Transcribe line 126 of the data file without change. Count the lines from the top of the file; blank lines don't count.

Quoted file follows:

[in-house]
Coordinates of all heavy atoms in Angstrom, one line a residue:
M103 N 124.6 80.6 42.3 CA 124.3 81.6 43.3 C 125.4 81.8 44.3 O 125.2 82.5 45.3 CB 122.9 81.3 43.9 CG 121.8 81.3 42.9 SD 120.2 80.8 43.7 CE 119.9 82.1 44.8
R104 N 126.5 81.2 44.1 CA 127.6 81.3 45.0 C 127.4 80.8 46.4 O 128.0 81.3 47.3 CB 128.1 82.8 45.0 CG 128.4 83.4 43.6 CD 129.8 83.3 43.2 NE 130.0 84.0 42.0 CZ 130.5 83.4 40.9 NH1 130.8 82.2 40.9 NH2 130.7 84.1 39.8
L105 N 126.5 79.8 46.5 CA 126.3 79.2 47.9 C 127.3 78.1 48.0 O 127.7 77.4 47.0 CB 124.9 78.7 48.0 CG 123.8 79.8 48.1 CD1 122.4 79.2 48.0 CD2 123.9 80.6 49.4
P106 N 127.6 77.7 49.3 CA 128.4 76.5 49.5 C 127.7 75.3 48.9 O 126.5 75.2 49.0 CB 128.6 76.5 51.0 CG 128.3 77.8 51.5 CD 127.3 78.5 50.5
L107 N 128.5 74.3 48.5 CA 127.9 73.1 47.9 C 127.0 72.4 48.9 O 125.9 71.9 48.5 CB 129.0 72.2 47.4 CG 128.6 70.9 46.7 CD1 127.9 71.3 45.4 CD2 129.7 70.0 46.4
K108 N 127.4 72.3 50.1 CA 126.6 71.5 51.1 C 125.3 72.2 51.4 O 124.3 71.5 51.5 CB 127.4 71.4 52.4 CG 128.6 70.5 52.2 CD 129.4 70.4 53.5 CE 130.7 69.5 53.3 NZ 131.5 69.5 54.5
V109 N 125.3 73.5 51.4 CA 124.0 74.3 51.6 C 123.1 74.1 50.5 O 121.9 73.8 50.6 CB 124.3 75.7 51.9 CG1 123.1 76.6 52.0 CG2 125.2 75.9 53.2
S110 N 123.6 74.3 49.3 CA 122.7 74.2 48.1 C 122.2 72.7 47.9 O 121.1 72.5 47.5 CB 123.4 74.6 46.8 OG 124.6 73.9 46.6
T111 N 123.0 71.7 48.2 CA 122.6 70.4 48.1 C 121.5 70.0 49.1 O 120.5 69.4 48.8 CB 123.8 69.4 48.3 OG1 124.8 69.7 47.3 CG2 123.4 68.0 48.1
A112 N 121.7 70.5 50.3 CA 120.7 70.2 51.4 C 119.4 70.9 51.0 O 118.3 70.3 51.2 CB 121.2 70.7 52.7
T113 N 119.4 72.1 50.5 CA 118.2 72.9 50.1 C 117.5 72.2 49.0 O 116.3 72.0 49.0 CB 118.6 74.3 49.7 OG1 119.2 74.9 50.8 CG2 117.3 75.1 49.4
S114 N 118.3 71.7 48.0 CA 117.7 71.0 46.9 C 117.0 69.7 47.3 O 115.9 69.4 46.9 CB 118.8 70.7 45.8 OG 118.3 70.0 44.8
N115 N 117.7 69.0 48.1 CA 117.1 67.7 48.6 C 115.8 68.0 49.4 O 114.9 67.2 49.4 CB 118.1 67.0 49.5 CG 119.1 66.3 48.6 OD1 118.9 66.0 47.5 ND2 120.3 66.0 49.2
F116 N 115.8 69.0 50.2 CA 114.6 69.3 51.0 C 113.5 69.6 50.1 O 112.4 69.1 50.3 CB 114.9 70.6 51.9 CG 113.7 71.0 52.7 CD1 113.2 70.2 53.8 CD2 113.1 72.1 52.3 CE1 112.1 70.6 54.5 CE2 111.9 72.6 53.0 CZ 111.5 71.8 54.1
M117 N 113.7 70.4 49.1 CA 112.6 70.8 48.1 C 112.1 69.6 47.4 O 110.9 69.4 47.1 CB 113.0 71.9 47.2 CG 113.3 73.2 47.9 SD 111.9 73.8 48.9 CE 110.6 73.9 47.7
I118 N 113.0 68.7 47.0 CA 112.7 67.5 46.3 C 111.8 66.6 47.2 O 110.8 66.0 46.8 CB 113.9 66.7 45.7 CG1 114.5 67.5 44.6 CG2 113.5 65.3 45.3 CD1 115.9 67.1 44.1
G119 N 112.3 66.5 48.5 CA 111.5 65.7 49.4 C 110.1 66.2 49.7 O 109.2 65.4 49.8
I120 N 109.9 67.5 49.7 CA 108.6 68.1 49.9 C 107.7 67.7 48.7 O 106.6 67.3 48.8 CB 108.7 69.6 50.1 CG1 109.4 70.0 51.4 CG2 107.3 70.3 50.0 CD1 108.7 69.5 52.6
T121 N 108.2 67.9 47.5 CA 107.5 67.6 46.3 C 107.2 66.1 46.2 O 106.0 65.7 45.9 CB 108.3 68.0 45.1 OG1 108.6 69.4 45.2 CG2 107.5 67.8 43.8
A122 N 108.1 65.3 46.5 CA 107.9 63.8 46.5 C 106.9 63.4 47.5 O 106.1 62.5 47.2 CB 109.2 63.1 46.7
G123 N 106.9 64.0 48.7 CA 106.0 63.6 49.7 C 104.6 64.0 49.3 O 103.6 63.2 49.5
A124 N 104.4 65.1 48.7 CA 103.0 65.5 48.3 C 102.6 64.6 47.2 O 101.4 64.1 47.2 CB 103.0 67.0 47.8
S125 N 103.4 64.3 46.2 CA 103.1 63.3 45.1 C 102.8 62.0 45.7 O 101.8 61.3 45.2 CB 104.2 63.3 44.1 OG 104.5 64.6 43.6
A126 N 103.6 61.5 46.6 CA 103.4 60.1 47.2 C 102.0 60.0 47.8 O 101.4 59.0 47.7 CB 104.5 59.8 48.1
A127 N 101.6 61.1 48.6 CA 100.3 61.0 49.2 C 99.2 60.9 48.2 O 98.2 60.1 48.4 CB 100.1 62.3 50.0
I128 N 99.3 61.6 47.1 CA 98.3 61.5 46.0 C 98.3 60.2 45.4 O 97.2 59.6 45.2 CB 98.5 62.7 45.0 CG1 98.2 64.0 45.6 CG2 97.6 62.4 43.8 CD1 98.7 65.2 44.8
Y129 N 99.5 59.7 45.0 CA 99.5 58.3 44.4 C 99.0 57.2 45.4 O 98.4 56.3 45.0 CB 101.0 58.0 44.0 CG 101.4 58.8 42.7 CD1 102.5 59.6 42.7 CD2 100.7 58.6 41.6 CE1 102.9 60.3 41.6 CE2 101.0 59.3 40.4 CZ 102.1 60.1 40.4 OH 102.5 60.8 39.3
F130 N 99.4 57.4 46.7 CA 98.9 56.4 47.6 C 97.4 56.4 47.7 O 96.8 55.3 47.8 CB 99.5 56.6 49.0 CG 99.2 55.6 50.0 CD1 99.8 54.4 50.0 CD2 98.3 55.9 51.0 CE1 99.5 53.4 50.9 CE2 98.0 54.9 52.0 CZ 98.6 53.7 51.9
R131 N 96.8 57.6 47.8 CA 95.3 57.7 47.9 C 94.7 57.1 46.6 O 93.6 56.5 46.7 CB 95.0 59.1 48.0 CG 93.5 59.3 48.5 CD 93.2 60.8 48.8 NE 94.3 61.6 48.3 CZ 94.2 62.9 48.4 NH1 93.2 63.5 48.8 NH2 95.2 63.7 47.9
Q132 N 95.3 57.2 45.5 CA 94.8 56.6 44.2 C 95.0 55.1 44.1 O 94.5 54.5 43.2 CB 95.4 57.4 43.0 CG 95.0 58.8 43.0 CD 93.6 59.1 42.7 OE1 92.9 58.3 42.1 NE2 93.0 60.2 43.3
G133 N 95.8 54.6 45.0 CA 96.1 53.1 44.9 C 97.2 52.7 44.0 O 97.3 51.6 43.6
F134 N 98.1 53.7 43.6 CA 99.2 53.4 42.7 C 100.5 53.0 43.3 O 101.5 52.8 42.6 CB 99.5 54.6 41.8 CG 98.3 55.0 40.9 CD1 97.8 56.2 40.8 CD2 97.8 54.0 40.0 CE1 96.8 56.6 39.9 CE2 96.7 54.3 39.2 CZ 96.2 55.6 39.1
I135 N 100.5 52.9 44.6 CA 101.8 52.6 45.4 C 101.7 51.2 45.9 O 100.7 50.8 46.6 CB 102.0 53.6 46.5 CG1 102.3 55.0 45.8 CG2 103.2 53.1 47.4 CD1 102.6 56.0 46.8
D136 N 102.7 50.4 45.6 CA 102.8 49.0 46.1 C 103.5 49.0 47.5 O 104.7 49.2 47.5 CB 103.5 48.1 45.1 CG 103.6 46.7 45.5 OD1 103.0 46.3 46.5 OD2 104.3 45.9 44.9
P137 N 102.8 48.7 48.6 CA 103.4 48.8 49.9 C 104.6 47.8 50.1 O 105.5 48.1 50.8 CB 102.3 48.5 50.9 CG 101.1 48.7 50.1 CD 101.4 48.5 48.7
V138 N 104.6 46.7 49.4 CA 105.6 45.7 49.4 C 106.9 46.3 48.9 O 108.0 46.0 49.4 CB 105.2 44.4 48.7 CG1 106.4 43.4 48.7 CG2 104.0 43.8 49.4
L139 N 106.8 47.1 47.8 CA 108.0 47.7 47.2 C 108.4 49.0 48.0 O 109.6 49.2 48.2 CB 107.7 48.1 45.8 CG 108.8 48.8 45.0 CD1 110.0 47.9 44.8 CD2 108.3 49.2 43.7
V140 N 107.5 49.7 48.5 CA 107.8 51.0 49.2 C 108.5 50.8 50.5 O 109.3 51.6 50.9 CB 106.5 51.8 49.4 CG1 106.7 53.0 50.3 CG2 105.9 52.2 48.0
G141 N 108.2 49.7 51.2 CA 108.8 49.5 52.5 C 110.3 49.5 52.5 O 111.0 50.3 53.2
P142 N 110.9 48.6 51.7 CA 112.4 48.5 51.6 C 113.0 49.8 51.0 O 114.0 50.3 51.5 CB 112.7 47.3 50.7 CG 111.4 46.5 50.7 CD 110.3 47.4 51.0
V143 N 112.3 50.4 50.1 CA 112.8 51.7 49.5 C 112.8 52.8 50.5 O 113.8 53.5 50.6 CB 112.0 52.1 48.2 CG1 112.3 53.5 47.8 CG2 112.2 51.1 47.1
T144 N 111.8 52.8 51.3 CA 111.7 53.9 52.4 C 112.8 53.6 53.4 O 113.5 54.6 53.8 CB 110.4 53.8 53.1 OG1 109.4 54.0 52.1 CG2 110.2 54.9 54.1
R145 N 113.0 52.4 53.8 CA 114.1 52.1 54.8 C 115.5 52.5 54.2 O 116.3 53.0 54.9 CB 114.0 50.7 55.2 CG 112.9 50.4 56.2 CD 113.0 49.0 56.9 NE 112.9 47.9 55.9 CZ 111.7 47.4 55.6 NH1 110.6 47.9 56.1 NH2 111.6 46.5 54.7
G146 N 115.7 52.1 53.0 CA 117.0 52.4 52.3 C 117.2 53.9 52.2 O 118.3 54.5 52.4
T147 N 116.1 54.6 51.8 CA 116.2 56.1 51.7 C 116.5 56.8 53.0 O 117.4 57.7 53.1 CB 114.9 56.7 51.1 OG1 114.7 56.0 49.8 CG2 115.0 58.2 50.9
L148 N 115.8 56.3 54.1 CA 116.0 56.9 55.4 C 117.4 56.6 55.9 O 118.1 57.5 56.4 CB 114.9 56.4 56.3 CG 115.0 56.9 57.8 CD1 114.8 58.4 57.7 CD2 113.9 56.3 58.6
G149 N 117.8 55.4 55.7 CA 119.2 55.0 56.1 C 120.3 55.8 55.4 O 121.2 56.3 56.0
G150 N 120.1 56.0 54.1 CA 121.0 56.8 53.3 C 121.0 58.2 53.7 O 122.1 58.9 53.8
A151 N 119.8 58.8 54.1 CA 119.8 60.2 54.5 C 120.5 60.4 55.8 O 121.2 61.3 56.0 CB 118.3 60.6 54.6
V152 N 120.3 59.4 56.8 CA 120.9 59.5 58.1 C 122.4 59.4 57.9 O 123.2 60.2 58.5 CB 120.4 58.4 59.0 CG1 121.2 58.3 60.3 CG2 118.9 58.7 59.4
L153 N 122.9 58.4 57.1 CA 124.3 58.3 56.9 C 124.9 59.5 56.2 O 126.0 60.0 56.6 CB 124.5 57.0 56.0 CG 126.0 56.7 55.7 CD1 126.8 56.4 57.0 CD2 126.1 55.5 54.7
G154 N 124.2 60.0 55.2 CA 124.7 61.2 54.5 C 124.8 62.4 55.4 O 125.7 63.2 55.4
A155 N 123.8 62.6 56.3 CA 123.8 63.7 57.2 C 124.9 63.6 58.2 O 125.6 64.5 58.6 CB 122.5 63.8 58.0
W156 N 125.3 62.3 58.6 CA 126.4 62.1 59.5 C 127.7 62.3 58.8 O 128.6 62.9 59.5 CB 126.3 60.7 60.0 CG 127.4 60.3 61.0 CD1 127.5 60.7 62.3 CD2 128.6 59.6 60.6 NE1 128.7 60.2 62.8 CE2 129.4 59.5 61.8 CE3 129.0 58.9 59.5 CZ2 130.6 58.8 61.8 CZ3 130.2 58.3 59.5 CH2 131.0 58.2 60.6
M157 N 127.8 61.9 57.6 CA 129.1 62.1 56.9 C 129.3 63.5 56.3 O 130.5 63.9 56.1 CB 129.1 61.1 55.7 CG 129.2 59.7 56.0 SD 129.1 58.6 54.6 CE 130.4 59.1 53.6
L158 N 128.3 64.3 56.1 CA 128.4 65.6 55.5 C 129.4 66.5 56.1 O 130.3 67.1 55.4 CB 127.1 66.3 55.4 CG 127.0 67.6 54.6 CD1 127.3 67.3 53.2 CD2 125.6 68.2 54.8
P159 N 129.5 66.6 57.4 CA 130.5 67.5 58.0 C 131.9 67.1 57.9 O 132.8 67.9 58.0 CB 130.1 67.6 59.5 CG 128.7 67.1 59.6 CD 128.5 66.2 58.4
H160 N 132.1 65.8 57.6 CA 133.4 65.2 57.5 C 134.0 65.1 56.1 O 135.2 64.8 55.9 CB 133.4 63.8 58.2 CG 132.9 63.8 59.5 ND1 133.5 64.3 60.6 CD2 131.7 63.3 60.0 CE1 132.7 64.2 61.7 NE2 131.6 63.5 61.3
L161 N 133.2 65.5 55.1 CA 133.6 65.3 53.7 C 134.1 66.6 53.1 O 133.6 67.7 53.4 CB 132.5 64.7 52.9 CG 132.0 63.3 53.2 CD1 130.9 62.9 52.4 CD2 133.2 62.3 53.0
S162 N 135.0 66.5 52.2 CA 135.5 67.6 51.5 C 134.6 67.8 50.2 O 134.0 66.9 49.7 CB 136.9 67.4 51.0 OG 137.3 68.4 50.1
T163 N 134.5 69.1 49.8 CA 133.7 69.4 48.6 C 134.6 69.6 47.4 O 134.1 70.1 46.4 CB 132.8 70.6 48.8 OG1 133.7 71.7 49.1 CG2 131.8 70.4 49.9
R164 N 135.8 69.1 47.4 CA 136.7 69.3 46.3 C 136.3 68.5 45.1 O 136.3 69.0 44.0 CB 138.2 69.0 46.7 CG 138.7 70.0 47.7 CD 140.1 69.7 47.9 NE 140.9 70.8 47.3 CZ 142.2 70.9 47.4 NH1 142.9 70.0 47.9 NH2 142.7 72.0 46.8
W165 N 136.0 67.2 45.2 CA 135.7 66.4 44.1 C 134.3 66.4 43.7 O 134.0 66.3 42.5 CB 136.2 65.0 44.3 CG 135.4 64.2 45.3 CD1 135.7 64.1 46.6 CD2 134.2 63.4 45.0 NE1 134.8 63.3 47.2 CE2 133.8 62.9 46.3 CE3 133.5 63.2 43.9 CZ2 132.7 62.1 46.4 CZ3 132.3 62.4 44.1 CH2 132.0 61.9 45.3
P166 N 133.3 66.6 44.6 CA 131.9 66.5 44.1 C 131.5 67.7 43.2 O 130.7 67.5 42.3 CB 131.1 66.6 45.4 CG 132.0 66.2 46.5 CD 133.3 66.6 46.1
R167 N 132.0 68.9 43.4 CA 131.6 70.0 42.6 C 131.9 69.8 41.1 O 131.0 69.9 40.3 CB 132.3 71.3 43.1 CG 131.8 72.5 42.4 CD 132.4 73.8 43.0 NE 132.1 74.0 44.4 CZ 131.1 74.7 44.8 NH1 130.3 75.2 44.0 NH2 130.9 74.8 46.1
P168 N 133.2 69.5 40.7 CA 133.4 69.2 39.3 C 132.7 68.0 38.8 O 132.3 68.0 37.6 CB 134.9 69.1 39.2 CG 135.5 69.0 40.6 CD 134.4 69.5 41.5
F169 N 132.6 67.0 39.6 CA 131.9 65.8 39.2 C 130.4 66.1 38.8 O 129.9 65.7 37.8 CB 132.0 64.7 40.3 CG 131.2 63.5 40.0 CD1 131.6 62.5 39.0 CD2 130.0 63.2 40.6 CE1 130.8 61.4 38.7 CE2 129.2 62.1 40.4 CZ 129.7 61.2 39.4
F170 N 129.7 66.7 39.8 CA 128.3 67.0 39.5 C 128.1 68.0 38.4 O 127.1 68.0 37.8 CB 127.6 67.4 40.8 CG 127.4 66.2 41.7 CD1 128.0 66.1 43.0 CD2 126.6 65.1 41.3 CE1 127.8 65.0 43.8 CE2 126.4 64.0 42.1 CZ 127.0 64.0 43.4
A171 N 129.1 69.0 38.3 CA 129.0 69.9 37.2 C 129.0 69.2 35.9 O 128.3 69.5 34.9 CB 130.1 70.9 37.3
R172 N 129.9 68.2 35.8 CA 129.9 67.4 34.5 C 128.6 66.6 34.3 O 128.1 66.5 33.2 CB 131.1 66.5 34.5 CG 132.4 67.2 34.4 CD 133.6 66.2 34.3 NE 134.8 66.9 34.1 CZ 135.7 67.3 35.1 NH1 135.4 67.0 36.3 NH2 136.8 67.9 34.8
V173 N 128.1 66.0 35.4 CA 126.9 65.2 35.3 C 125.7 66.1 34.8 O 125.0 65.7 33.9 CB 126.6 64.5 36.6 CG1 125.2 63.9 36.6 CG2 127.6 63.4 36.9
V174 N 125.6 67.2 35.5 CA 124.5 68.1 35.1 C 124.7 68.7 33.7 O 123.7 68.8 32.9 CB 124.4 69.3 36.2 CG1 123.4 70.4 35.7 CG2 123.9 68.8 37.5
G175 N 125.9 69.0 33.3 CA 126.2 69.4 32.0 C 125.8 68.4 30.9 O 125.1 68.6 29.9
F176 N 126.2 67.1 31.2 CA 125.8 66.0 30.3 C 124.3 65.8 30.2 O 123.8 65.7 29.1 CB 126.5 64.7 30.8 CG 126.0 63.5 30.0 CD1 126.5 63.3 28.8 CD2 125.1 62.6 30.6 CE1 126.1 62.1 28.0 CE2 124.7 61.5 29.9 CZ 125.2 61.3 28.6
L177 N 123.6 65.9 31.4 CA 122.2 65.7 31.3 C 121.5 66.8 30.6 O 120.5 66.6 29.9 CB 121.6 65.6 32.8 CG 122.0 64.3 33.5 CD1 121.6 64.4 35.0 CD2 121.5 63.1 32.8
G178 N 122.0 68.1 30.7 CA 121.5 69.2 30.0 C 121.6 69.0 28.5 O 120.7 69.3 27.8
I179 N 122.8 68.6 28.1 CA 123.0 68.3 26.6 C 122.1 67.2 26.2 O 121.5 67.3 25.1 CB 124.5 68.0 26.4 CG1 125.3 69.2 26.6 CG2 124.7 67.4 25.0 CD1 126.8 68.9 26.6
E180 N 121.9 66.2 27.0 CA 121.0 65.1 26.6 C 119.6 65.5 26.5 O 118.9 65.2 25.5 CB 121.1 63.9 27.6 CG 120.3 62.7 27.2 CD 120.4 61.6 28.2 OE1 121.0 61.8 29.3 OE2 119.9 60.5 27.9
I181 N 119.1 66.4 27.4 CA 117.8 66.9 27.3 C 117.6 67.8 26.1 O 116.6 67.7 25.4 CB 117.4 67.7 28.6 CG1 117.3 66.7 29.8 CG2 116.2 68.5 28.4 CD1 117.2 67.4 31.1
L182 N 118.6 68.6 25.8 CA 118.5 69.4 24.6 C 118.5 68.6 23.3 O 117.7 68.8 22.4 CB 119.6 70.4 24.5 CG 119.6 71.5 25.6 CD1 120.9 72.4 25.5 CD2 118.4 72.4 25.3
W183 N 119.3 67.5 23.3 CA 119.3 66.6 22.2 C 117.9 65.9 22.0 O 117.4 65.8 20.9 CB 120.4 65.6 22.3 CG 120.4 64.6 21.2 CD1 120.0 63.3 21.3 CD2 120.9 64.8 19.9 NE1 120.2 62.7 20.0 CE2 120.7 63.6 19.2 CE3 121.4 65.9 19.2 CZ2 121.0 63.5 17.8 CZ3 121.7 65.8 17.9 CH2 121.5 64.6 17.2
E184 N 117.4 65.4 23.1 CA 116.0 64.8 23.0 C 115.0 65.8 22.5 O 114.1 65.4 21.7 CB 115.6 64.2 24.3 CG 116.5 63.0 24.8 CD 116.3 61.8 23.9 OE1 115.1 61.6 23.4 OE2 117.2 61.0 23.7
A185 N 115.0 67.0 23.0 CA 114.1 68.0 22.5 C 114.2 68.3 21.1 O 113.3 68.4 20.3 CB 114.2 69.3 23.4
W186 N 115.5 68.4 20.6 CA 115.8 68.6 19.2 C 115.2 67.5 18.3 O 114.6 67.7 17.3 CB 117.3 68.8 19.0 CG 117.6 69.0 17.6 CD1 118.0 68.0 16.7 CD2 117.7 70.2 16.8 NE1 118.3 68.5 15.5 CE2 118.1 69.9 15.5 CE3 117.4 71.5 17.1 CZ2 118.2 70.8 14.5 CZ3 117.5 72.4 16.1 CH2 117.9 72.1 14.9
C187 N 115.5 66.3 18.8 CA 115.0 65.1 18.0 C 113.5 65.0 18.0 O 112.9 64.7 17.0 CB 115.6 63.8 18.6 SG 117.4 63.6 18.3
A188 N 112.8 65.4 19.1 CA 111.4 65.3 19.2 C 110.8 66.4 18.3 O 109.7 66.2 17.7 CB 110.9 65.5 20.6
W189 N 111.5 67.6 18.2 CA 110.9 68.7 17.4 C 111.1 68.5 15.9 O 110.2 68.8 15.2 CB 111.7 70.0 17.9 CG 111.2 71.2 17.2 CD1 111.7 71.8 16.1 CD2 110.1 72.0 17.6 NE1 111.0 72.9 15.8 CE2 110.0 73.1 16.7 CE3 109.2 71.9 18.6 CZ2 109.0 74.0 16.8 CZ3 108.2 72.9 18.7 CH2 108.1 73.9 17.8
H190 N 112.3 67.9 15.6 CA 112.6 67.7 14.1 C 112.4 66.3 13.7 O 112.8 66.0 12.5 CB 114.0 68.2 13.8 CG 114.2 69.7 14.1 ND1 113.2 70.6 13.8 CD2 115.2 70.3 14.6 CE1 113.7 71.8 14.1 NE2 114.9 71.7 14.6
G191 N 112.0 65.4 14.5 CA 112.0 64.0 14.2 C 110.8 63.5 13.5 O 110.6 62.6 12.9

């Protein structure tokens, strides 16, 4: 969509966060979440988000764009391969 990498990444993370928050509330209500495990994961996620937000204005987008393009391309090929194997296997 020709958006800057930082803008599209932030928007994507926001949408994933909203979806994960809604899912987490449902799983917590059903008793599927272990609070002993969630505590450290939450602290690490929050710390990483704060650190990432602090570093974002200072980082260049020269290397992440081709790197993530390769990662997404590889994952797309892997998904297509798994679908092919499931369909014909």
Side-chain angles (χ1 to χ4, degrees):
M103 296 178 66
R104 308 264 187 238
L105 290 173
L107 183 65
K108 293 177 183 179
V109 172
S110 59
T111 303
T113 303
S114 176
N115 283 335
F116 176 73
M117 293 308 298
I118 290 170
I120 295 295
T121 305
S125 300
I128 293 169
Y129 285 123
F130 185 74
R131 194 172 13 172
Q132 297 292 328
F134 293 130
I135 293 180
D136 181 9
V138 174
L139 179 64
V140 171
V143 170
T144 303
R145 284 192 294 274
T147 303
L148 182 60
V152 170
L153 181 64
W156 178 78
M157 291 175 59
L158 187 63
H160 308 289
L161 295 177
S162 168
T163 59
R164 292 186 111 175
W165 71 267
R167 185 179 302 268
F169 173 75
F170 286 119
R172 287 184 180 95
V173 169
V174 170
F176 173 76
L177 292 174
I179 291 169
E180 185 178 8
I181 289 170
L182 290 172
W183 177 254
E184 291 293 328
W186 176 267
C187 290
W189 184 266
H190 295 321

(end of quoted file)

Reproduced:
L148 182 60